Volunteering For Casita Linda in San Miguel de Allende

As we travel we love to give some time to help in local communities wherever we can have an opportunity to do some good.

So when we heard about the Casita Linda project building houses for families in the San Miguel de Allende area of Mexico we wanted to find out more.

Sometimes it can be hard to find volunteering-with-children opportunities but Casita Linda has regular days where families can volunteer to paint a newly built house that’s being handed over to a local family.

So when one of the painting days was announced we leapt at the chance to go and do something worthwhile.

The video below gives you an idea of the brilliant work that Casita Linda does in the area.

After contacting Casita Linda about volunteering we were added to their facebook event page where we were able to coordinate with Tracy the volunteer coordinator and other volunteers.

The day came and we arrived at the allotted meeting place in central San Miguel de Allende at 9.30am to get a car share out to the local community where the house had been built.

Casita Linda builds approx 12-15 houses every year for local families in need.

As with other parts of Mexico, there is an overwhelming percentage of people living under the poverty line and San Miguel de Allende although an affluent tourist town has its fair share of families living in poverty.

As we drove the twenty minutes or so out of town to the community, our surroundings changed from shops and houses to fields and the highway gave way to a smaller surfaced road to then an even narrower rough track.

We drove past the recycling dump where trucks shed their loads of plastic etc to be sorted through by local people who live in tin-roofed shacks without water and electricity.

The municipal dump provides an area for some local people to scavenge for anything of worth.

It’s these lowly paid families that Casita Linda aims to rehouse and help to change their lives around for the better.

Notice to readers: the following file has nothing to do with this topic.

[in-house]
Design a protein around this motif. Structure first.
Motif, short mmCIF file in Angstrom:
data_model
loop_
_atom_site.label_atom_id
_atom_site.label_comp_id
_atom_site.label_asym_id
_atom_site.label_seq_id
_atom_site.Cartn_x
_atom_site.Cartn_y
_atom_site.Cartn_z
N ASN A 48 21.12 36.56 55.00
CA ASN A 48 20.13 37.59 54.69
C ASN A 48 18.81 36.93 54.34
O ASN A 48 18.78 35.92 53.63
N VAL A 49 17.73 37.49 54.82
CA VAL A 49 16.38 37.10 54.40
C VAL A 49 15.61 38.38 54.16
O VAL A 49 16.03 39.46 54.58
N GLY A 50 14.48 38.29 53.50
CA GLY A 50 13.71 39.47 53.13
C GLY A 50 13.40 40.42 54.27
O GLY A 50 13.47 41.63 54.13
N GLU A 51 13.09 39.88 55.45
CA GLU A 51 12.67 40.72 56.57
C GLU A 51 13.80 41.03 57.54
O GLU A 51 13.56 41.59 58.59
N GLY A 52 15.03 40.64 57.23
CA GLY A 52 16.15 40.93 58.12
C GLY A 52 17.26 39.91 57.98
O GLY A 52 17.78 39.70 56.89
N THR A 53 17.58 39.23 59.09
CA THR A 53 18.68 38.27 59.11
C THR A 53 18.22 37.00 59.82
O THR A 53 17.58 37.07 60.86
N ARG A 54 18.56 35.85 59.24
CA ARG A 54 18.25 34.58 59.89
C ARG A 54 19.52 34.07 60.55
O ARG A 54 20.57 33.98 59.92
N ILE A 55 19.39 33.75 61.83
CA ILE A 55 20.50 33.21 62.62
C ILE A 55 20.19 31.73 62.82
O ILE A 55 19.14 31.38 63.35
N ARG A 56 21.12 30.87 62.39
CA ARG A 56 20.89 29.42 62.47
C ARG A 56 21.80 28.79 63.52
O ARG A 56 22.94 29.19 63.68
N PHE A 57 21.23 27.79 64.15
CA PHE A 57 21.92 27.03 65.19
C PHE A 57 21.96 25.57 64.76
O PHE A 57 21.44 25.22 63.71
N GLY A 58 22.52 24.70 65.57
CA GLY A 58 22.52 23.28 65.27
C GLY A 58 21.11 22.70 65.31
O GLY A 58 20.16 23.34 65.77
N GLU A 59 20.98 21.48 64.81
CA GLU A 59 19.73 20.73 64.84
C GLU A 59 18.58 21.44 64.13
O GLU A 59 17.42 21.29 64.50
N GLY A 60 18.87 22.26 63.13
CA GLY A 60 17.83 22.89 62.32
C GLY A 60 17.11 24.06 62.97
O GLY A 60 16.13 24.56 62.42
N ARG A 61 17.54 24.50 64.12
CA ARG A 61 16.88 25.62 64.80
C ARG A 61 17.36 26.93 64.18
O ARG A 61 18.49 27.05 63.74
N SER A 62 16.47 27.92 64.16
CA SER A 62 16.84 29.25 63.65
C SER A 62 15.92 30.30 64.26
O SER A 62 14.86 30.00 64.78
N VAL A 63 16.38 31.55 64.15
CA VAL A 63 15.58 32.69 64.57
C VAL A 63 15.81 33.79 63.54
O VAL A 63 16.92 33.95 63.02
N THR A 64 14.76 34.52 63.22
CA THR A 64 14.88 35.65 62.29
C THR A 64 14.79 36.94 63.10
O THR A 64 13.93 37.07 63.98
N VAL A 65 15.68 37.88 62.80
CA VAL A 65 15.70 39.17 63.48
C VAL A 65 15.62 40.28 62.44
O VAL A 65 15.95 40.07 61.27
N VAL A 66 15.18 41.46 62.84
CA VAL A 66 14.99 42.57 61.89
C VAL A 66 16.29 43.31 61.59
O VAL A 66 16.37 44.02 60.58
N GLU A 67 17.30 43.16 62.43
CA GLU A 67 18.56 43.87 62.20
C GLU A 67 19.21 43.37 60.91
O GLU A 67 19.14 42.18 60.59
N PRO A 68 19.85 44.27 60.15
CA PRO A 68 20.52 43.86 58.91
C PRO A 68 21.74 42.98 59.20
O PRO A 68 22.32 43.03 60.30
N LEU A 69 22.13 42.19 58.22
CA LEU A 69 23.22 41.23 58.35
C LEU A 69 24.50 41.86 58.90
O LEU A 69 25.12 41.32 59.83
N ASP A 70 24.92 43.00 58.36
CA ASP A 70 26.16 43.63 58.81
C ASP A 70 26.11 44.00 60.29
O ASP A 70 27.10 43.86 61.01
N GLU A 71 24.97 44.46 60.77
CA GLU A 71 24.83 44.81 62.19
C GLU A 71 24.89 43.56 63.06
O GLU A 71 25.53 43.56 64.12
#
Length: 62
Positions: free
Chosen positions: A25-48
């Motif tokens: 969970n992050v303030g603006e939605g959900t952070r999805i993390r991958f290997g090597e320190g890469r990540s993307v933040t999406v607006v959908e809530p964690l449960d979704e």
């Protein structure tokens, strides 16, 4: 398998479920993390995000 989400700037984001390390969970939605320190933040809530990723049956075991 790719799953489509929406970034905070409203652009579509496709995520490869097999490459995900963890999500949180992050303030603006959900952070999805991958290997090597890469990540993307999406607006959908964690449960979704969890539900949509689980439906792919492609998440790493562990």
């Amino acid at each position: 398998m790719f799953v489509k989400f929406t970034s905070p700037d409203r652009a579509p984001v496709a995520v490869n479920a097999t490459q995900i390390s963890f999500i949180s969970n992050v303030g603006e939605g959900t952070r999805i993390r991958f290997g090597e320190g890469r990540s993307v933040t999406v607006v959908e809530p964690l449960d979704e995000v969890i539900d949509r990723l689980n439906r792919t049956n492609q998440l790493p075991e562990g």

But it’s not handed to them a plate.

Families have to apply for a house and go through a programme of workshops to even qualify for application.

These workshops include programmes about keeping healthy, abuse, sex, hygiene and work amongst other subjects.

The family must attend all of these and prove themselves to even gain a chance of receiving a house.


A Casita Linda Built Home

As we approached the community we stopped to pick up a local lady and her baby who turned out to be the recipient of the house we were about to paint.

We drove along a narrow track as the lady gave directions to her compound.

Many of these families own land that their shacks will be built on but now standing proudly in the centre of their compound was a brand new but simply built three bedroom home.

The houses are built from interconnecting concrete blocks to a set design that has proven itself again and again.

We unloaded the paint and equipment from the vehicles and got sorted into groups to start painting.

Luckily all three of us were assigned to paint the interior which meant we were out of the sun.

Paint poured, rollers at the ready we started painting one of the three bedrooms.

This was Annabel’s first experience of rolling and she did fantastically.


Sue loves painting so she was in absolute heaven with a roller in one hand and brush in the other as I finished all the bits the rollers couldn’t get to around the edges etc.

As we painted the inside a neutral white the family had picked a rather more colourful shade for the outside with a lovely turquoise covering the whole house.

A house warming celebration was planned so we only had a few hours to complete the painting as fully as we could.

The outside was finished within the time although we had to leave some of the insides for the family to finish.

Outside, three tiny piglets wandered around on the families land alongside the pig pen.

Tables and chairs were set up for the party and friends and neighbours congregated in the shade of the trees.

A small house naming ceremony took place as the family nailed a name plaque to the outside of the house and gave a short but poignant speech.


We’d been asked to provide a dish for the party so we cooked up some rice and beans.

Sue and I were enjoying painting so much we didn’t want to stop but the call of food was just too much and we soon found ourselves outside with plates full of chicken, rice, salad, tortillas and all sorts of wonderful sauces.

No party is complete without a cake and a huge one was produced for the family to cut.

It was so lovely to see the family so happy and all smiles as their children ran around with balloons and played together.

All too soon it was time to pack away, leave the rest of the food for the family and scraps for the pigs as we loaded the cars up and said our goodbyes.

What a joy to leave this family in possession of such a lovely home and what an honour to have been part of this wonderful opportunity to help and do something worthwhile with our time.

The best part was that we could volunteer as a family and make a difference together.

If you would like to find out more about the Casita Linda project or get involved please visit their website Casita Linda